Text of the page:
Wednesday, November 14, 2012

Bettina Hein on the Innovation unConference and What Makes Boston’s Innovation Scene Buzz

Bettina Hein
It’s that time of year again – MassTLC unConference time! In fact, it's this Friday! To get us all in the mood, we sat down with some of Boston’s best leaders and unConference mentors to find out what they think makes Boston’s innovation scene buzz and what to expect from this year’s unConference.

First up, Bettina Hein, Founder and CEO of Pixability. Bettina has entrepreneurship in her blood, dating back at least as far as her German grandfather. Bettina is a fixture on the Boston start-up scene, and serves as a role model for other female entrepreneurs, starting the ShEO Network with Zipcar founder Robin Chase. Her take on the Boston start-up scene below:

What makes Boston an innovation hub?
The unique thing about Boston is the large concentration of educational institutions. That creates many graduates who are prime suspects for founding new businesses, working in new businesses, and just making our start-up economy so vibrant.

How is innovation evolving in Boston and where is it heading next? I am really bullish on the Boston innovation ecosystem because of the number of companies being started here, as well as the number of support initiatives we have access to, like TechStars, Mass Challenge and the BREW entrepreneurship week. Each of these programs support young companies. I believe that Boston will be home to the next billion-dollar tech startup.

Are there any elements that we lack that would make our ecosystem thrive even more? Yes! There is a very concrete element missing – high-speed rail access to New York. I believe there is an innovation corridor between Boston and New York, as so many companies who have headquarters in NY, not to mention the vibrant media hub there.

The commercial orientation of New York married with the cerebral qualities of Boston makes for an extended metro area of innovation. But to link that strongly, we urgently need the Acela to take one and a half hours, not three and a half.

What advice would you give young female entrepreneurs just starting out? I’d give the same advice to both male and female entrepreneurs, though often women need to be edged on a little bit more. Just go do it.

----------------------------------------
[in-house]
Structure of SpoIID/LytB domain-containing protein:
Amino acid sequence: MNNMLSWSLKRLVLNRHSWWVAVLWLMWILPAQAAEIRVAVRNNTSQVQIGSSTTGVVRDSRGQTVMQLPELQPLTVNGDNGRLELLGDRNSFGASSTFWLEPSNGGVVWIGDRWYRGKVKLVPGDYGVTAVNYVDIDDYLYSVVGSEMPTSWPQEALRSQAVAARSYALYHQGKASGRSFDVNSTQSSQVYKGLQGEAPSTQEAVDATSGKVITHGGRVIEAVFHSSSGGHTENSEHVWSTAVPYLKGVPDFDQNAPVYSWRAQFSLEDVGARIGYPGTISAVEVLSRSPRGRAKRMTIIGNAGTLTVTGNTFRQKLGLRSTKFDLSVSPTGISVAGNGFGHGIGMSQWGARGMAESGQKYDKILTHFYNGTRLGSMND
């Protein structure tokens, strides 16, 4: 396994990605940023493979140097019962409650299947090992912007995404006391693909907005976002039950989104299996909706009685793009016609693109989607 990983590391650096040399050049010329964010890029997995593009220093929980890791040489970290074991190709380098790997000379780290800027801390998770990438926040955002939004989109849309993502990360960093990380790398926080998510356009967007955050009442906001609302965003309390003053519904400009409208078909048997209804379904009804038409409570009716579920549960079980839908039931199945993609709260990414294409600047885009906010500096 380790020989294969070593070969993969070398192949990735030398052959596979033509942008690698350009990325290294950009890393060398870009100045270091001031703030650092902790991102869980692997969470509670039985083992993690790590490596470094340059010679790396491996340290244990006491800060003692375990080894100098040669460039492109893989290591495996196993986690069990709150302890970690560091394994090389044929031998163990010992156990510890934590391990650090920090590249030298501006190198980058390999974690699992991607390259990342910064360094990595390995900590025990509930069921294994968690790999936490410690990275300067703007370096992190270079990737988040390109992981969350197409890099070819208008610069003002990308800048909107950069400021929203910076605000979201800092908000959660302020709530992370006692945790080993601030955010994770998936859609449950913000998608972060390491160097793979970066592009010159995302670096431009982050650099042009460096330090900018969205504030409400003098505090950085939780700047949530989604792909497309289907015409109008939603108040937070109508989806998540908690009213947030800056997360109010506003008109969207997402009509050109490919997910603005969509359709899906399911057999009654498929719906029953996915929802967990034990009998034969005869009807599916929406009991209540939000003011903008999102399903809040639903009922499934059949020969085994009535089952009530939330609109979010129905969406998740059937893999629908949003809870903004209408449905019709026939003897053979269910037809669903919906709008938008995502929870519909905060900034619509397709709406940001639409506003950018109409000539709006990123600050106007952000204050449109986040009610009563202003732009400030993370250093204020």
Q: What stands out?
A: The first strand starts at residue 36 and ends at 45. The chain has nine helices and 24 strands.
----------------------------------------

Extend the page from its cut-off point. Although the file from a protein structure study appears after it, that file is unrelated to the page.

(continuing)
Don’t wait for this next nugget of experience or this certification or this Master’s degree that you think you need to become an entrepreneur. Go out, do it and get the experience. Education and experience are great, but you don't learn to become an entrepreneur by studying it from afar.

What brings you back to the unConference each year? I love that the unConference is like a hive – it’s so alive with conversations and brings people together the way a conference should. It’s egalitarian- no people on pedestals with adoring onlookers, but rather people interacting on a peer-to-peer level. Individual ideas count - more than being selected by a committee of people who say this person should be on stage, but this person cannot.

As a previous mentor, what do you enjoy most about mentoring? For me, I so enjoy helping someone make progress in his or her entrepreneurial journey. It could be on a personal level, where you tell people about your own journey and share. Or it may be about sharing industry facts that the mentee needs to know. It gives me a lot of satisfaction if I can help someone become a better entrepreneur or found a better company.

How can entrepreneurs make the most of this year’s unConference? Prepare. Look at the mentors to determine who might be able to help your company take a step forward.

But once you're there don't get too hung up on that.  Look for the people that you wanted to talk to, but keep an open mind as to who else could contribute to your success. Go a bit with the flow.

Thanks for your great insights, Bettina. We look forward to seeing you THIS FRIDAY, November 16 at the Hynes Convention Center for the MassTLC unConference

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